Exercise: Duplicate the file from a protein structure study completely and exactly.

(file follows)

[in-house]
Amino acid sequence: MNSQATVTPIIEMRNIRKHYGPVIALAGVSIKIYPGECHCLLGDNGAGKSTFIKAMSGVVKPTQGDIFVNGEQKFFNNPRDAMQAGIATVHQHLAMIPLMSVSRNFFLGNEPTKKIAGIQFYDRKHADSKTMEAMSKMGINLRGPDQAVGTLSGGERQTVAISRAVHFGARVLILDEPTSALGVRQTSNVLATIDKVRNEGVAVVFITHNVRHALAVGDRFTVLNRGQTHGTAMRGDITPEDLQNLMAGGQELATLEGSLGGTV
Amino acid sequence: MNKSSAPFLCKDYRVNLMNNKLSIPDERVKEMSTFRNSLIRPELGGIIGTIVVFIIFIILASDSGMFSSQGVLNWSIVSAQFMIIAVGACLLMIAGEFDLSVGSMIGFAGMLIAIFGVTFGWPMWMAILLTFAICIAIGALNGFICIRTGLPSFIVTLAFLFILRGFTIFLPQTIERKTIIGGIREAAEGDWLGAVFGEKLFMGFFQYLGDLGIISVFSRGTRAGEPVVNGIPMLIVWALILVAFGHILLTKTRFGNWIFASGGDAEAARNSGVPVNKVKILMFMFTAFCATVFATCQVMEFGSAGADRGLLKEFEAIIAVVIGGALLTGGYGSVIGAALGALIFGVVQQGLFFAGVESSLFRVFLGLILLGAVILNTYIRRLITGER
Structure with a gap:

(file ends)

[in-house]
Amino acid sequence: MNSQATVTPIIEMRNIRKHYGPVIALAGVSIKIYPGECHCLLGDNGAGKSTFIKAMSGVVKPTQGDIFVNGEQKFFNNPRDAMQAGIATVHQHLAMIPLMSVSRNFFLGNEPTKKIAGIQFYDRKHADSKTMEAMSKMGINLRGPDQAVGTLSGGERQTVAISRAVHFGARVLILDEPTSALGVRQTSNVLATIDKVRNEGVAVVFITHNVRHALAVGDRFTVLNRGQTHGTAMRGDITPEDLQNLMAGGQELATLEGSLGGTV
Amino acid sequence: MNKSSAPFLCKDYRVNLMNNKLSIPDERVKEMSTFRNSLIRPELGGIIGTIVVFIIFIILASDSGMFSSQGVLNWSIVSAQFMIIAVGACLLMIAGEFDLSVGSMIGFAGMLIAIFGVTFGWPMWMAILLTFAICIAIGALNGFICIRTGLPSFIVTLAFLFILRGFTIFLPQTIERKTIIGGIREAAEGDWLGAVFGEKLFMGFFQYLGDLGIISVFSRGTRAGEPVVNGIPMLIVWALILVAFGHILLTKTRFGNWIFASGGDAEAARNSGVPVNKVKILMFMFTAFCATVFATCQVMEFGSAGADRGLLKEFEAIIAVVIGGALLTGGYGSVIGAALGALIFGVVQQGLFFAGVESSLFRVFLGLILLGAVILNTYIRRLITGER
Structure with a gap: